Dear The Office,
We’re now in our eighth year together, but I’m afraid I have to end our relationship. Sure, as tv comedies age, that romantic spark can begin to fade, but you promised me you weren’t like those other shows. You created an opportunity to shake up the status quo with Steve Carell’s exit, but you squandered it. Tell me, just how many of Andy Bernard’s many foibles as regional manager have been nothing more than recycled Michael Scott scenarios? A Michael Scott-lite simply doesn’t cut it. Nothing new is brought to the table. Andy is harmless and that’s the problem. There’s not enough comedy to mine from a lead character who is overly agreeable.
What about James Spader’s Robert California? The Robert who was introduced in the season seven finale, was a compellingly off-kilter and seemingly unhinged candidate, capable of creating a brand new atmosphere in the office. But was this the Robert who entered into this season? No. This Robert is a decent, if not blunt and stand-offish, man. The vibe he creates in the office and around the office workers may be a decidedly more chilly one, but it is not enough to re-invigorate the series.
Even in the shift from a lead-centric series something more ensemble-driven, your characters have lost their specificity. Your stories this season lack a narrative drive and without a solid comic base, your players have become untethered, floating aimlessly around the workplace. What has become of Angela and Pam’s pregnancy competition? Of Gabe’s pursuit of the new warehouse worker? Few stories of substance have come out of this season thus far. The awkward cringe factor that was so enjoyable and so prevalent in your early seasons has now become a neutered dead-eyed stare.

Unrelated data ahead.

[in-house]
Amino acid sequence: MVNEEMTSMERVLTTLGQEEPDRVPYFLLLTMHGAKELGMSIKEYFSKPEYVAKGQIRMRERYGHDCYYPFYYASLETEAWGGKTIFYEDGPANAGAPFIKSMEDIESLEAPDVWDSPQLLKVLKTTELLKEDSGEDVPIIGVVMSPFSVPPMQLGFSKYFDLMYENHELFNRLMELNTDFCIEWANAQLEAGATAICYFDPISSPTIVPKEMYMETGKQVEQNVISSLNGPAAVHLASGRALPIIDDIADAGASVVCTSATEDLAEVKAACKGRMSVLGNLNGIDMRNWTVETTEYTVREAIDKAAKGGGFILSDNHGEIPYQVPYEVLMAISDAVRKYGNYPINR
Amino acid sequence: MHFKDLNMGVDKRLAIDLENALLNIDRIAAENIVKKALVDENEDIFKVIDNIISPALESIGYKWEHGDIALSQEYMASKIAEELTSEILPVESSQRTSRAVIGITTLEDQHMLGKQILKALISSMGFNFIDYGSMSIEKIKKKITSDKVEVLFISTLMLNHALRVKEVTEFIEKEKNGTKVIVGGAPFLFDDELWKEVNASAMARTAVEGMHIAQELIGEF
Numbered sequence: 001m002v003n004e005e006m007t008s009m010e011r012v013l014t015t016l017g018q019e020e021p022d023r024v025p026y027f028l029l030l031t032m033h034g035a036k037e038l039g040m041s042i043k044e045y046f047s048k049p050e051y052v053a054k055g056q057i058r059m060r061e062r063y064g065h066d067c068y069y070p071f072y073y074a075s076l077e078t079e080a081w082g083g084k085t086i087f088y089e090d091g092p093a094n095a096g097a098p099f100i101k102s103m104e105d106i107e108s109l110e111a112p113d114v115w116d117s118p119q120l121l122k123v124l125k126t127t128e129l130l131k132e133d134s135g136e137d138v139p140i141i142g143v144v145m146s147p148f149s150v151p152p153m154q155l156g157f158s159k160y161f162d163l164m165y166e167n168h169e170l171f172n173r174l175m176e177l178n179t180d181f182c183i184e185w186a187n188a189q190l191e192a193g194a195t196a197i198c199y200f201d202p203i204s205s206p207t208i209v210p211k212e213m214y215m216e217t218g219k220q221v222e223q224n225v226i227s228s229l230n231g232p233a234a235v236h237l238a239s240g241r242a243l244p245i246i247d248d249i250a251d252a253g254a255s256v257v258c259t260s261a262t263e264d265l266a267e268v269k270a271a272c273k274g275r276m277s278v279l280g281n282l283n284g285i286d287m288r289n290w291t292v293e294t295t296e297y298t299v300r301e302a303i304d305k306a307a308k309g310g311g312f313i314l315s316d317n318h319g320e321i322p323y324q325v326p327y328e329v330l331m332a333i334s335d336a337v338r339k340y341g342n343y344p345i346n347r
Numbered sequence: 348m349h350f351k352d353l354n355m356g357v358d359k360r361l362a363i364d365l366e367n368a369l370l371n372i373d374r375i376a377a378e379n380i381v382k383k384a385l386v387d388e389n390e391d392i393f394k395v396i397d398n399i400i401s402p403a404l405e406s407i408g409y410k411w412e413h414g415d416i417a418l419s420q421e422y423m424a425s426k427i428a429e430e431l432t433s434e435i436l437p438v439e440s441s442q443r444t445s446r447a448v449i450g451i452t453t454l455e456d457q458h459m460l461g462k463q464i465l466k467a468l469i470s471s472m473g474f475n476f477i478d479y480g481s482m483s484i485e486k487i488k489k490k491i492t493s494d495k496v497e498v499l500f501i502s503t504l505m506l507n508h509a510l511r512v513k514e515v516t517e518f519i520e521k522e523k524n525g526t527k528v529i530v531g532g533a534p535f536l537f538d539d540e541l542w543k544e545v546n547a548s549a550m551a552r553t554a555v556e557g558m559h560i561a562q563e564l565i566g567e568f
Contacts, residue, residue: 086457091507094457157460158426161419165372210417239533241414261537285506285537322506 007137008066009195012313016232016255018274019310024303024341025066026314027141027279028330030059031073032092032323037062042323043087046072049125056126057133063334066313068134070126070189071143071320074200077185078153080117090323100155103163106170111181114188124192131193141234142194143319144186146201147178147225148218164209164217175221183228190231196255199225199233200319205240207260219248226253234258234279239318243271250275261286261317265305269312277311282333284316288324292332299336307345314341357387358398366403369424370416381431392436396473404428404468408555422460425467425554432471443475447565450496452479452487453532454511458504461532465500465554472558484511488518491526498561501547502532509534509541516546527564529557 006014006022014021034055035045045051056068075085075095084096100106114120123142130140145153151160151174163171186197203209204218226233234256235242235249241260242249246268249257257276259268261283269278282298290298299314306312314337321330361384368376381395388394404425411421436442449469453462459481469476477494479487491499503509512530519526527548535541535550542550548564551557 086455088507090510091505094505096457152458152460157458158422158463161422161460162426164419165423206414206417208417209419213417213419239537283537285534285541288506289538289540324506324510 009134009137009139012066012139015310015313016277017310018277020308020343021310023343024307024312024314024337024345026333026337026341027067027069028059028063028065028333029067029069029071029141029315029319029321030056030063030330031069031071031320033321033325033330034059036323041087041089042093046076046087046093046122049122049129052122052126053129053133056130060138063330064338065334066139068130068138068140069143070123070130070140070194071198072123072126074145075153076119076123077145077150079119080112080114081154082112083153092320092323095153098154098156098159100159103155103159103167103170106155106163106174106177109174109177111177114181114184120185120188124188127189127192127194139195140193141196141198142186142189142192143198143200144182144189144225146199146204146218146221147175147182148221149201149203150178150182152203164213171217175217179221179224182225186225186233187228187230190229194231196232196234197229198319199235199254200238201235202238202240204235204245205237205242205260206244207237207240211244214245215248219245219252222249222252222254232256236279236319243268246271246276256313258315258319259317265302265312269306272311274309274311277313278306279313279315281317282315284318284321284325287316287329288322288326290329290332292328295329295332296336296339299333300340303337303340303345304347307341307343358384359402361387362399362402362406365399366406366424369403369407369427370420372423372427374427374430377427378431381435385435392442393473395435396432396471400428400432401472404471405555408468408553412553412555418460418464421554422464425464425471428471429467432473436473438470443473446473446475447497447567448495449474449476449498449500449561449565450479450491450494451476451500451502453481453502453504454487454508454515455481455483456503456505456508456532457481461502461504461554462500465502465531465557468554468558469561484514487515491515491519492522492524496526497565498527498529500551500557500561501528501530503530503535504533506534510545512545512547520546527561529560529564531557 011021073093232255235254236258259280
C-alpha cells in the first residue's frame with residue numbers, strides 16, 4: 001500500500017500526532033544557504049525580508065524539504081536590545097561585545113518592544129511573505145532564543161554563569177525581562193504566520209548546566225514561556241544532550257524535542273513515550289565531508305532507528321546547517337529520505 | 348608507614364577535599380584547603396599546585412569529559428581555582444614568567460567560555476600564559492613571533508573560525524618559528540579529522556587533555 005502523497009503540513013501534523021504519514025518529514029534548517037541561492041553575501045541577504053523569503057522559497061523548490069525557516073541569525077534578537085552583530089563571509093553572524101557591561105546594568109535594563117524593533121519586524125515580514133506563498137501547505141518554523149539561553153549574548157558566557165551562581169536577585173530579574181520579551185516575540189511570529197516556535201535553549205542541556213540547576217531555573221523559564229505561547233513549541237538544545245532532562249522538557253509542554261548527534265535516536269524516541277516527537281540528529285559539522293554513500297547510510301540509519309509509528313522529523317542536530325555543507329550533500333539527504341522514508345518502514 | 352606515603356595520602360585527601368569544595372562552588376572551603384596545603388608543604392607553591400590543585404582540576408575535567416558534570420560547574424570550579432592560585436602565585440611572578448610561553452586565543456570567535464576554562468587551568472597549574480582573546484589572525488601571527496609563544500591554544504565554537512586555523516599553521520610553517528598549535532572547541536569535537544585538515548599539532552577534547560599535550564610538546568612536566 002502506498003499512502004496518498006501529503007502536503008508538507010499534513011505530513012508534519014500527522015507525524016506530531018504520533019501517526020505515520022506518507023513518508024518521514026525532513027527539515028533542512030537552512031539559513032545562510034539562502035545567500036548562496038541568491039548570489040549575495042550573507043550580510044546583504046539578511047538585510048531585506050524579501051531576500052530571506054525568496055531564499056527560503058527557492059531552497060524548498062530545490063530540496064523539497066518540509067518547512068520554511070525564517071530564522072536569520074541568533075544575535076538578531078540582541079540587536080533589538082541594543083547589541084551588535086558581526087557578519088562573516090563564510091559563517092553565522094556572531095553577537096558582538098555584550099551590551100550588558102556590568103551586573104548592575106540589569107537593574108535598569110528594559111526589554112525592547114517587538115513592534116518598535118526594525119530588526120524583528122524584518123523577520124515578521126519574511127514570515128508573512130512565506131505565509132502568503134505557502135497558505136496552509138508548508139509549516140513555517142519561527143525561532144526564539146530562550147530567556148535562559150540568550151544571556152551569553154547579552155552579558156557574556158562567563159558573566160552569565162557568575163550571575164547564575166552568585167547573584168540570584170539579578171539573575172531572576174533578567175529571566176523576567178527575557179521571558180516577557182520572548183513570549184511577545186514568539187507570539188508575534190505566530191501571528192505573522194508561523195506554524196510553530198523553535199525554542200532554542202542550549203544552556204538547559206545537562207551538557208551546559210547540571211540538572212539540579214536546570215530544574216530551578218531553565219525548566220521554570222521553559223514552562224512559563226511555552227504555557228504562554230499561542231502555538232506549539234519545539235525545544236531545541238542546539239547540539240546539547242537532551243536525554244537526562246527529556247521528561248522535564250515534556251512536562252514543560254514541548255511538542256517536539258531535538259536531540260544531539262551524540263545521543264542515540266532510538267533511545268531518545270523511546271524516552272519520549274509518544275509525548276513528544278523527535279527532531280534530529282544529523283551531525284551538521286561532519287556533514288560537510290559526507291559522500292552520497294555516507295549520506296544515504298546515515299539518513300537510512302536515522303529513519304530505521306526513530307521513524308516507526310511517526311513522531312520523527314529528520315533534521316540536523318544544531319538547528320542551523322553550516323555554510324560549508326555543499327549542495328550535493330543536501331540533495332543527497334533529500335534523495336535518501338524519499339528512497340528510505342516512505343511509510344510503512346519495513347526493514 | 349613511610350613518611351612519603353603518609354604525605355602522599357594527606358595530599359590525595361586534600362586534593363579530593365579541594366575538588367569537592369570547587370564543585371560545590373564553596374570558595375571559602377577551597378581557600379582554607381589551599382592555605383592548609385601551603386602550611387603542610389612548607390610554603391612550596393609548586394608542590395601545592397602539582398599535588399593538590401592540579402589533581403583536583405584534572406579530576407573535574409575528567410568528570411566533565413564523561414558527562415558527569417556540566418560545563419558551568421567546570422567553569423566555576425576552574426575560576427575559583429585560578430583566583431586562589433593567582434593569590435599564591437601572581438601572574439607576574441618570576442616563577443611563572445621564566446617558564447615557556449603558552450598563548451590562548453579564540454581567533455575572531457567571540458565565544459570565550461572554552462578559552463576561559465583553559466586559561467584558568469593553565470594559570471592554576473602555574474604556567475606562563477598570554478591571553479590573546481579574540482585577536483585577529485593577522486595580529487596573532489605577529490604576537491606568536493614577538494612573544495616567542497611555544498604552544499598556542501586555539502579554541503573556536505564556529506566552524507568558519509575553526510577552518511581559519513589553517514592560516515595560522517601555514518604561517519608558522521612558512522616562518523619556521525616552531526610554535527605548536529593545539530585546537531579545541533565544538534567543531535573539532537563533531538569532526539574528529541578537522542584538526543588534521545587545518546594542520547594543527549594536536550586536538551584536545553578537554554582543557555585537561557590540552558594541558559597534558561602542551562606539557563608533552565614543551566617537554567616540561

I understand that the NBC executives cannot simply let you go. It’s hard being a fourth place network. I get it. You don’t have many options. But you can count me in the camp that would have been satisfied with the series ending with Michael Scott’s departure. His proposal to Holly proved to me that you still had life in you, an emotional life grounded in your characters. But where is that life now? There was so much promise in your post-Carell era, but you’ve hit a lull and are operating in a character and narrative stasis. It’s more of the same and it’s time I move on.
While you have given me moments to cherish for a lifetime (Yankee swap, the George Foreman Grill injury, fashion shows at lunch, Cafe disco), you are simply not dynamic and fresh enough to continue to hold my interest any longer. But you can rest assured that even though I will satisfy my comedy needs elsewhere in NBC’s Thursday night line-up (no, not you Whitney), I shall treasure my Dwight bobblehead forever.
A Longtime Viewer